WW1 Photos Centenary Website: 2014-2018 By Paul Reed

Two Poilus on the Somme 1915

While the British soldier was known as ‘Tommy‘, the French soldier was called ‘Poilu‘ – literally translated the ‘hairy one’ as French servicemen were not required to regularly shave in the same way British ones were.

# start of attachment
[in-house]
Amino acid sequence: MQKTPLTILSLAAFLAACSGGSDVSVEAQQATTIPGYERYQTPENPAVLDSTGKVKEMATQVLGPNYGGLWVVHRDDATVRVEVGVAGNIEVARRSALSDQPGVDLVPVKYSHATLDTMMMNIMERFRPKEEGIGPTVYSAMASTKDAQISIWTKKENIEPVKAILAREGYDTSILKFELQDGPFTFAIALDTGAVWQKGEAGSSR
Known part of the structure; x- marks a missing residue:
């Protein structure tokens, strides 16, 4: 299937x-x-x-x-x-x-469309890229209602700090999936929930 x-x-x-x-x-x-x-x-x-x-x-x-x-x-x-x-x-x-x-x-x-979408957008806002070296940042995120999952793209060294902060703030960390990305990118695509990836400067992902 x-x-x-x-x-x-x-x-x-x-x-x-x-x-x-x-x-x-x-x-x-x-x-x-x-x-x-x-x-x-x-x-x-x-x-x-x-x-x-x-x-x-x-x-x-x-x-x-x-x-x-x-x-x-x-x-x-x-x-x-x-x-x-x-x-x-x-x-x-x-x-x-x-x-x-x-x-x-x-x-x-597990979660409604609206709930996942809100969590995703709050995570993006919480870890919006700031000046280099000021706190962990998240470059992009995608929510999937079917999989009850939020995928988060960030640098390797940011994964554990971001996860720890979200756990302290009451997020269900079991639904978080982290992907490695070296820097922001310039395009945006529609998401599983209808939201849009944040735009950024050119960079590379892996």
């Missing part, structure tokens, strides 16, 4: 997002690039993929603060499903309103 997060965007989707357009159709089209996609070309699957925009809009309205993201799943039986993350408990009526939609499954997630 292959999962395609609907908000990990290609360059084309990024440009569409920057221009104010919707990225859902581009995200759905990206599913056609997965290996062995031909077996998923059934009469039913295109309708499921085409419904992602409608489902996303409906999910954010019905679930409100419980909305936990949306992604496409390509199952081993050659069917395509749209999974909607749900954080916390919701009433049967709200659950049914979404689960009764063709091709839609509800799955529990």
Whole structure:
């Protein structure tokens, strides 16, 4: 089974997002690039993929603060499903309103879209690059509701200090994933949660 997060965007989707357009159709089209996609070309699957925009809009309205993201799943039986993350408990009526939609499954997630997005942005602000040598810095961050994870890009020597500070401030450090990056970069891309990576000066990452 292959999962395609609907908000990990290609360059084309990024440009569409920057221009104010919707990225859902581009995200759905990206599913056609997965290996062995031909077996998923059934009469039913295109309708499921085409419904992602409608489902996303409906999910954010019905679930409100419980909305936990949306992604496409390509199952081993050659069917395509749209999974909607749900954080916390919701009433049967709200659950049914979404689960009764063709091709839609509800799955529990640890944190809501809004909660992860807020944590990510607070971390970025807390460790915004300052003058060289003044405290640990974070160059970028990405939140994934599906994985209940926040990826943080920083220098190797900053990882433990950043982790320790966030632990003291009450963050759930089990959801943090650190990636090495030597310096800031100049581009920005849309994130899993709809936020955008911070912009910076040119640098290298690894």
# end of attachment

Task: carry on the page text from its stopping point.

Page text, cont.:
This image was taken in front of the church in the village of Caix on the Somme in May 1915. It shows two men, the one on the right an officer, of the 414th Regiment d’Infanterie. This infantry regiment was formed in March 1915 and it’s original personnel was made up of 3/5 of men from the Class of 1915; those just conscripted at eighteen, so it was predominantly a very young regiment. It moved to the Somme front shortly afterwards and took over what the regiment’s history called a ‘quiet sector’ at Foucaucourt. It then moved to the Santerre plain area, where this photograph was taken. Four months later the regiment moved to Souchez to a landscape smashed flat by shell fire and in 1916 at Verdun, so one wonders what happened to these two Poilus in the months following the taking of this tranquil photo; resting in a quiet sector on an old plough, an echo of older times.

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